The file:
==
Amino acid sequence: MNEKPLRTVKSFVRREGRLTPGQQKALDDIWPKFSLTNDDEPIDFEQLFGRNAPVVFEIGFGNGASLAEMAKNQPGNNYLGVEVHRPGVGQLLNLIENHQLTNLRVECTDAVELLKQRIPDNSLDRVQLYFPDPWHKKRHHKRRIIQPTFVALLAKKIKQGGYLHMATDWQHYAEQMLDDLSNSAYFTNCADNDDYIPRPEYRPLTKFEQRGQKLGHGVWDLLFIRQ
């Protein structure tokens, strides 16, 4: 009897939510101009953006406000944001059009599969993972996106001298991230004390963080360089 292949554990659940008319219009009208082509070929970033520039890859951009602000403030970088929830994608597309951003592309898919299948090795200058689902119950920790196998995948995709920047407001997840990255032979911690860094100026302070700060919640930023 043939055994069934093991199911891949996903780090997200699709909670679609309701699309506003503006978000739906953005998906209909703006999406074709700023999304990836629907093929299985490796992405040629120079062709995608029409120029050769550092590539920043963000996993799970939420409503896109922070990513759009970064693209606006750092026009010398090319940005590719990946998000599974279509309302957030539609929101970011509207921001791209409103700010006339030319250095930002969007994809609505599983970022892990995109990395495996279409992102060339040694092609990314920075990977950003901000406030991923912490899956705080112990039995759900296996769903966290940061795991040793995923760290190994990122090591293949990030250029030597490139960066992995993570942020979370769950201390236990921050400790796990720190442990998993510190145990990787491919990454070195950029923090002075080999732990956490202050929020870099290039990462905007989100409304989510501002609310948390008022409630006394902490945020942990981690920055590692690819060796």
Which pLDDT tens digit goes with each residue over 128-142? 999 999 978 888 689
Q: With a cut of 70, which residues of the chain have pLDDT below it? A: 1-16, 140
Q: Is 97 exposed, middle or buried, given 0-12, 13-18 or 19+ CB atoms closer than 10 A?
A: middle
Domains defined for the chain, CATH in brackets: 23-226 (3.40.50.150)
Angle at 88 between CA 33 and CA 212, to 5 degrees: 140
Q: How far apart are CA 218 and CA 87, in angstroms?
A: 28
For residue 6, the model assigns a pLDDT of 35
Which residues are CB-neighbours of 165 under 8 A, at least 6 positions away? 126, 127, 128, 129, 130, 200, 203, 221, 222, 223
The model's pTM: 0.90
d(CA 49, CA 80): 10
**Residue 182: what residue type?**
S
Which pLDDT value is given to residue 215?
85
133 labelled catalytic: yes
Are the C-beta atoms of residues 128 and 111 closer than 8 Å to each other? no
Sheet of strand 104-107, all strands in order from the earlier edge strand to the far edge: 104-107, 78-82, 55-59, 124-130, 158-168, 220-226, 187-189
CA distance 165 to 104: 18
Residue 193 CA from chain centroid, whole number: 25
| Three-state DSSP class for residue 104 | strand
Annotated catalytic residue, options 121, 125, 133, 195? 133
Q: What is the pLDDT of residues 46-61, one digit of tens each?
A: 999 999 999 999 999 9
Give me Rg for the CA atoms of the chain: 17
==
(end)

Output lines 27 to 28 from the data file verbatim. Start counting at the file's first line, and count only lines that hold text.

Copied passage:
A: 999 999 999 999 999 9
Give me Rg for the CA atoms of the chain: 17